Gangs Flown Into Britain For Crime Holidays

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European criminal gangs have been flying into the UK on budget airline flights, going on ‘crime spree holidays’, and flying out again to avoid detection. Brian Donald, Europol’s chief of staff said that the gangs commit “volume crimes” – pickpocketing, house breaking and car stealing – before moving on to other countries.

Speaking at The Hague, Mr Donald said that crime bosses were handing their workers low cost tickets with instructions to carry out as many crimes as possible during their vacation before returning home and moving onto another country. The Telegraph reports he said:

“We have seen this phenomenon of mobile organised crime groups who are nationals of one country but operate across multiple countries.

“They just do volume crime – they steal wallets, cars, break into houses, you name it and then they are plucked out of the area they’re in and sent home, before they are shipped out to another country.

“There is whole infrastructure behind them that takes the stolen property and moves it on so they are free to fly in and out and just do the crime. So you have a crime wave in one area, it lasts two weeks and then it’s gone.”

Mr Donald used the example as an illustration of how Europol can be of benefit to European nations, explaining: “If the team that are doing it [the crime sprees] are from six or seven countries away from say the village you are in, what chance does the village cop have on his own? That is where we come in.”

Another area of concern to Europol is that of firearms, Mr Donald said, continuing:

“It is a reoccurring theme in the conversations I have with police chiefs across Europe – that organised crime gangs, and terrorists, have access to military grade hardware. Charlie Hebdo, Tunisia, the foiled plot in Verviers in Belguim – there have been so many recent examples of military grade hardware, automatic weapons, assault weapons being used.

“I would highlight Charlie Hebdo in particular because all the evidence suggests, and I have not seen anything from a Europol perspective that contradicts this, the weapons were bought on the illicit market.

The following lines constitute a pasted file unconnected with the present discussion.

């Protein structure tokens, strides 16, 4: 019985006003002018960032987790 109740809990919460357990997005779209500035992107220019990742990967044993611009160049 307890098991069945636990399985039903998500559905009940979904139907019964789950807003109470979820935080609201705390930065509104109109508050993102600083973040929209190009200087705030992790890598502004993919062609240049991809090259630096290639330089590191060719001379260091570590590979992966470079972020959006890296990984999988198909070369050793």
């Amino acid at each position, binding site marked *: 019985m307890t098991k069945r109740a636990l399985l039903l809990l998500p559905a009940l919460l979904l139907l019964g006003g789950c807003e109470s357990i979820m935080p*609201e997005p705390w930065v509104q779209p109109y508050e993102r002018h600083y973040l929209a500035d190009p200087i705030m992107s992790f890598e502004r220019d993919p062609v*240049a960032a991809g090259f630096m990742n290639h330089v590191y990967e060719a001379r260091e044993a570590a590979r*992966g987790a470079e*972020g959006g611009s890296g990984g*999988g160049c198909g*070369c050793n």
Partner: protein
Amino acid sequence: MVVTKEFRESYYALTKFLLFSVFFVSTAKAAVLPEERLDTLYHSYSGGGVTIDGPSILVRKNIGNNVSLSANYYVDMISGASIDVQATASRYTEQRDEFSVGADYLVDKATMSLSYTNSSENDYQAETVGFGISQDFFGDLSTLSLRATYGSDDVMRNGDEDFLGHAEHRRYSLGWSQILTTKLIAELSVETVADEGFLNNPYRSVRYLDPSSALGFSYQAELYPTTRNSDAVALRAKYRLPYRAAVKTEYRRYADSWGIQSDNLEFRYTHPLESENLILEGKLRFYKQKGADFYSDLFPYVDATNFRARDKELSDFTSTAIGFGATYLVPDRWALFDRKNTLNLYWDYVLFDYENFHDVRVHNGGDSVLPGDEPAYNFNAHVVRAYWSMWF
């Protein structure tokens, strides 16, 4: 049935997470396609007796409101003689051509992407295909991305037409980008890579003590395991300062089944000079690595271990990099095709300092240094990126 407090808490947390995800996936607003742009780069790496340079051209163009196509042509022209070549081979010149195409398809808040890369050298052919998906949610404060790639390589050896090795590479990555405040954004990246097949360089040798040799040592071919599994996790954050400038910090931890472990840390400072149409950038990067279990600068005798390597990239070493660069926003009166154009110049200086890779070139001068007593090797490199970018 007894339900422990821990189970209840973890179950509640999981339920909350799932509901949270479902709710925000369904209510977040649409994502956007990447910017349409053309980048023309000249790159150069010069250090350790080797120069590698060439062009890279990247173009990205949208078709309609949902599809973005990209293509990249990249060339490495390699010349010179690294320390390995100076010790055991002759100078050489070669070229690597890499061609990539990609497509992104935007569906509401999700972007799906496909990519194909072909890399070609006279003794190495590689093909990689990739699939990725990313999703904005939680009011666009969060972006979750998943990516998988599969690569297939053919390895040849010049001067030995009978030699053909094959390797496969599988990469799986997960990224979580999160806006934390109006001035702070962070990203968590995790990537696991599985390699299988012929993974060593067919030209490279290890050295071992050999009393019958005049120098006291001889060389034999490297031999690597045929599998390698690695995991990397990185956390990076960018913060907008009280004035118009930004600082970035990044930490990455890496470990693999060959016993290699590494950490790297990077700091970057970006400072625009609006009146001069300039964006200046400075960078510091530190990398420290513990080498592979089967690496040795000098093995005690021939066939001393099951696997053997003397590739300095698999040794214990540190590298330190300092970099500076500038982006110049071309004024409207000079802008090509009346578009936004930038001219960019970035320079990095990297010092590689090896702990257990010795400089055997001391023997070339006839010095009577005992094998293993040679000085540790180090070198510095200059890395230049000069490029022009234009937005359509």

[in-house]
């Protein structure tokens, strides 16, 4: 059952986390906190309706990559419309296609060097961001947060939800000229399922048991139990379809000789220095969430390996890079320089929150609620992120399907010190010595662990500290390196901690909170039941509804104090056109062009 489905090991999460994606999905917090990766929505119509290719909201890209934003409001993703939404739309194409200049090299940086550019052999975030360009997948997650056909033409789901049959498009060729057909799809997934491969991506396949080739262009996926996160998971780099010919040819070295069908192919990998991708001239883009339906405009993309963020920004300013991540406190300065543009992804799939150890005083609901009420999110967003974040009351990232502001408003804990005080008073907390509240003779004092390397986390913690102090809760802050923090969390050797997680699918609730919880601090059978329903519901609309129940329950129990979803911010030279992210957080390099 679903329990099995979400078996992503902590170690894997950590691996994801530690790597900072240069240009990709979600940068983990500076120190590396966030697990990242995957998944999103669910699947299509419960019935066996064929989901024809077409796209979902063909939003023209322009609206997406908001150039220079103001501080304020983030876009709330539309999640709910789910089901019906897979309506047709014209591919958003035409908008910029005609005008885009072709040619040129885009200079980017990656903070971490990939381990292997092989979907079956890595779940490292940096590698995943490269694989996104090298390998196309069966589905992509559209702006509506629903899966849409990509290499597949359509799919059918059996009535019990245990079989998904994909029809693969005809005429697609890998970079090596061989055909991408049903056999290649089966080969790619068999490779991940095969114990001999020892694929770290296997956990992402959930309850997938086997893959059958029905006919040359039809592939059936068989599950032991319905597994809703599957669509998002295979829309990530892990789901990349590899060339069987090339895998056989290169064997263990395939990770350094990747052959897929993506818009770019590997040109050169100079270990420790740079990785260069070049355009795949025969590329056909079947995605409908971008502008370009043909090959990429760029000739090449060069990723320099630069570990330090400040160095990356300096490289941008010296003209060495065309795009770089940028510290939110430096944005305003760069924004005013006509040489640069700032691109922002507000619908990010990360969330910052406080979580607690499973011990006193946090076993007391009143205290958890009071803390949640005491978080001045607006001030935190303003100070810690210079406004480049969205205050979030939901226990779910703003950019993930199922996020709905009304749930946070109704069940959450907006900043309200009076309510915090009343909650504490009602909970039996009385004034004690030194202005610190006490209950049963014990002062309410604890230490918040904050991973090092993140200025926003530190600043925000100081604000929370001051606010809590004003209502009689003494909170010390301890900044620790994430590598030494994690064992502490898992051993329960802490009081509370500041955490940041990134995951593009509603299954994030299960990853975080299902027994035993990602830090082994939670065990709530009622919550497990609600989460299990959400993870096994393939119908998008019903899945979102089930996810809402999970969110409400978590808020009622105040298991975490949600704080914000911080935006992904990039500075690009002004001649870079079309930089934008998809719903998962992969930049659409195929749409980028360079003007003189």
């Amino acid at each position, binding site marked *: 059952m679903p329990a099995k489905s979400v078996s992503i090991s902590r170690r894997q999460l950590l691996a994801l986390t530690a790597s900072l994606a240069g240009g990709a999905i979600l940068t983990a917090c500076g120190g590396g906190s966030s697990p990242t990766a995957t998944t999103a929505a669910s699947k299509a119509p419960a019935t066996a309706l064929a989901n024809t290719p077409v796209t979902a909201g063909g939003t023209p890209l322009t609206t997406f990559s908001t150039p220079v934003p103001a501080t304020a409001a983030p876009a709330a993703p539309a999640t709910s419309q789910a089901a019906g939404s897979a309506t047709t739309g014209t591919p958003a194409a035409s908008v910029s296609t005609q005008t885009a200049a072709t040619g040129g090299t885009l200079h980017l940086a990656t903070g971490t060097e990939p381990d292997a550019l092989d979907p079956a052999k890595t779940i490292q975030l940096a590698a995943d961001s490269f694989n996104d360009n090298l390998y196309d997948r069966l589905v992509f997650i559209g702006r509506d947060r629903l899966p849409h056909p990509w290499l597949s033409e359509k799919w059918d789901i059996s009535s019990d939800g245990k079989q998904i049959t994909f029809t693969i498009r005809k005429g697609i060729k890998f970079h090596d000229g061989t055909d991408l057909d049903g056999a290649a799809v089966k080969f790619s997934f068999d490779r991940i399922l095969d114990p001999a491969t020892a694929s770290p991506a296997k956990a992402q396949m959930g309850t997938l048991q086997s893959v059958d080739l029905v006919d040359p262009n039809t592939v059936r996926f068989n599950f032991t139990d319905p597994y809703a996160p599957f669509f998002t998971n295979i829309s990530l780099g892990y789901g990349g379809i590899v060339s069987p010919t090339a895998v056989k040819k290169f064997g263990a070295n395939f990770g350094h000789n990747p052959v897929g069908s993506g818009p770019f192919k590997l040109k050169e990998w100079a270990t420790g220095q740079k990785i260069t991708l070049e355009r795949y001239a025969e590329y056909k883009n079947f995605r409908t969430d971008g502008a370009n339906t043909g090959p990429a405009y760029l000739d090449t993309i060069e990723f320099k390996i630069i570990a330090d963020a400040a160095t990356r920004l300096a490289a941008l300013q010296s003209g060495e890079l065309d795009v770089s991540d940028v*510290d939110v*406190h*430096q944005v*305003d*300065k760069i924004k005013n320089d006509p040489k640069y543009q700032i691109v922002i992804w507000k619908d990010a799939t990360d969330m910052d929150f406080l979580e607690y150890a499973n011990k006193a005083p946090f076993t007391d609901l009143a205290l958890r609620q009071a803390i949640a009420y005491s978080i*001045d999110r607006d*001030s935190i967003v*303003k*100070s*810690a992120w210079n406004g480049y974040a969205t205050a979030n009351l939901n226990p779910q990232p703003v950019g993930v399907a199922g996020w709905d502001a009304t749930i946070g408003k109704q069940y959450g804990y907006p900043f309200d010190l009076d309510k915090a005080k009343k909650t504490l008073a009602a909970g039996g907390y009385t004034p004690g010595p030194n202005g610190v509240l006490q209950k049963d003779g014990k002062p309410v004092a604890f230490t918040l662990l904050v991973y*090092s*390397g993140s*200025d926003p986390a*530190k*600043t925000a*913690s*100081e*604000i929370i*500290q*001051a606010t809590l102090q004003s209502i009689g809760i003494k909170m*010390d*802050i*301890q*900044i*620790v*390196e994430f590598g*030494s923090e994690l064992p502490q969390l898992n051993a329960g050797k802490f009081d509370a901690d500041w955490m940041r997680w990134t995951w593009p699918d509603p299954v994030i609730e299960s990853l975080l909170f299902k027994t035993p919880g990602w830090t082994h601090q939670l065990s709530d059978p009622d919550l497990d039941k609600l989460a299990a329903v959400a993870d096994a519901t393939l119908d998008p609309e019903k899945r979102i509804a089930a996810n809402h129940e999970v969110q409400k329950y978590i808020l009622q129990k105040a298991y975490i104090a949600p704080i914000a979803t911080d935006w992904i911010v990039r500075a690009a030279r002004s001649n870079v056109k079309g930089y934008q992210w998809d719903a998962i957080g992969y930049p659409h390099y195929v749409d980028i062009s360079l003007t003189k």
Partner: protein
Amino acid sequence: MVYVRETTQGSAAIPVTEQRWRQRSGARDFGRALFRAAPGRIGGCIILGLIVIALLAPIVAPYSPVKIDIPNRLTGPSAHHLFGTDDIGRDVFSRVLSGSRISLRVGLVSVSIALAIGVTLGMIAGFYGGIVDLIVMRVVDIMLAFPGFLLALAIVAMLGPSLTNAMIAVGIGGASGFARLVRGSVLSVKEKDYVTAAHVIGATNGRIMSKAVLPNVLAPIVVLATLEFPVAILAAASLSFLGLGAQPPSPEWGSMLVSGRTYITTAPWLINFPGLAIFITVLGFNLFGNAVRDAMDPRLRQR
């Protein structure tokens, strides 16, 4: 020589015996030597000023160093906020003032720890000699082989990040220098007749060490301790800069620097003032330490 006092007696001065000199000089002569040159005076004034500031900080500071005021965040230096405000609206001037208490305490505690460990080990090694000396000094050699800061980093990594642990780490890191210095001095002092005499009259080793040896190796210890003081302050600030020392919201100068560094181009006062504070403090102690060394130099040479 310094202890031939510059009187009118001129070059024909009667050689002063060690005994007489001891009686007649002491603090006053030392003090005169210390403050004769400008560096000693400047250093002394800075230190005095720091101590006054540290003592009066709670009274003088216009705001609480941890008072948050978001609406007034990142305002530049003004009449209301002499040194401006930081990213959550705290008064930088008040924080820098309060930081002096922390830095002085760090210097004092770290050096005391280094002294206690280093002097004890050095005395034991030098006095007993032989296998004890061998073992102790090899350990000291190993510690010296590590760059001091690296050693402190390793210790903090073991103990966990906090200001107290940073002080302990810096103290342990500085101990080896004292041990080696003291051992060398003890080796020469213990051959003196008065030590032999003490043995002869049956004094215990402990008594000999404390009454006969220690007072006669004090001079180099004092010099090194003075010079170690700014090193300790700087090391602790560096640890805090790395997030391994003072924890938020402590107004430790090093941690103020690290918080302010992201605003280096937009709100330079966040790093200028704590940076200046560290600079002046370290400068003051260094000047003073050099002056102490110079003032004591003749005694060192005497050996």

“This was not a great terrorist conspiracy. If you think back to the days of the IRA and the boat allegedly coming from Libya with weapons, it is not as sophisticated as that. It is a guy getting on a train to Brussels where he meets a guy and buys a gun. It makes it so much harder to police.”

The internet also makes policing more difficult across the world, as it enables people to hide behind their computers where they would once have been out on the streets.

Mr Donald explained: “The world has changed so much, you no longer need to wait on a street corner for some guy to come along and buy your smack, you just go on the dark web and order it and it comes in vacuum pack bags which are difficult to trace by sniffer dogs.”

He continued:

“Another issue is the situation in the Mediterranean with human trafficking.

“How do you deal with that because the organisers are not sitting in Sicily or mud huts in Africa, the guys making the money are sitting in London, Paris or Milan in very nice apartments making phone calls and buying boats.

“It needs a pan-European response.”

According to Mr Donald, that is where Europol comes in as it offers that response.

Citing a drugs case in which the Slovak police were aware that a gang was picking up drugs from a Spanish boat, the Spanish who knew only that people who move drugs on were “getting busy”, the Lithuanians who knew only that drugs had left the country, and the British who knew the name of the Spanish boat, Mr Douglas said: “We coordinated all of that here at the Europol offices, round the table and you just can’t do that without an agency like ours.”

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